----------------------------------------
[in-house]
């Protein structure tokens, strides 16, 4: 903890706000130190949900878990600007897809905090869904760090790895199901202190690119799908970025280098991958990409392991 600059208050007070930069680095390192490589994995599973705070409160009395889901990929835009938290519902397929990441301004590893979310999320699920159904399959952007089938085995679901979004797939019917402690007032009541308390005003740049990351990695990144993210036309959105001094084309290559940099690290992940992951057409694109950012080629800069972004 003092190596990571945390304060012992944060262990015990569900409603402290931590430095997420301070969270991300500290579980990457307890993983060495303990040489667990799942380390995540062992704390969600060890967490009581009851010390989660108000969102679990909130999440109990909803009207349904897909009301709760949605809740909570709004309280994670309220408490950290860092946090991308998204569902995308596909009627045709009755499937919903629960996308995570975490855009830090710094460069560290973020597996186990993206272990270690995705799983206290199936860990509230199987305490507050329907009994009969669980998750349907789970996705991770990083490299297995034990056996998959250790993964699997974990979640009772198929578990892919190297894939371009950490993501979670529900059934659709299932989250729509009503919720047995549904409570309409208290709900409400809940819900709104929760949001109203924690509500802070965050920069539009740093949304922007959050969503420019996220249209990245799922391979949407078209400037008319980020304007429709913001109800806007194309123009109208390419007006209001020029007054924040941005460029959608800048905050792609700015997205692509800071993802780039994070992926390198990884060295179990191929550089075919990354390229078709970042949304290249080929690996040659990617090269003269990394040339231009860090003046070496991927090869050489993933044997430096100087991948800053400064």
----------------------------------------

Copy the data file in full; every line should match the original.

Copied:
[in-house]
């Protein structure tokens, strides 16, 4: 903890706000130190949900878990600007897809905090869904760090790895199901202190690119799908970025280098991958990409392991 600059208050007070930069680095390192490589994995599973705070409160009395889901990929835009938290519902397929990441301004590893979310999320699920159904399959952007089938085995679901979004797939019917402690007032009541308390005003740049990351990695990144993210036309959105001094084309290559940099690290992940992951057409694109950012080629800069972004 003092190596990571945390304060012992944060262990015990569900409603402290931590430095997420301070969270991300500290579980990457307890993983060495303990040489667990799942380390995540062992704390969600060890967490009581009851010390989660108000969102679990909130999440109990909803009207349904897909009301709760949605809740909570709004309280994670309220408490950290860092946090991308998204569902995308596909009627045709009755499937919903629960996308995570975490855009830090710094460069560290973020597996186990993206272990270690995705799983206290199936860990509230199987305490507050329907009994009969669980998750349907789970996705991770990083490299297995034990056996998959250790993964699997974990979640009772198929578990892919190297894939371009950490993501979670529900059934659709299932989250729509009503919720047995549904409570309409208290709900409400809940819900709104929760949001109203924690509500802070965050920069539009740093949304922007959050969503420019996220249209990245799922391979949407078209400037008319980020304007429709913001109800806007194309123009109208390419007006209001020029007054924040941005460029959608800048905050792609700015997205692509800071993802780039994070992926390198990884060295179990191929550089075919990354390229078709970042949304290249080929690996040659990617090269003269990394040339231009860090003046070496991927090869050489993933044997430096100087991948800053400064």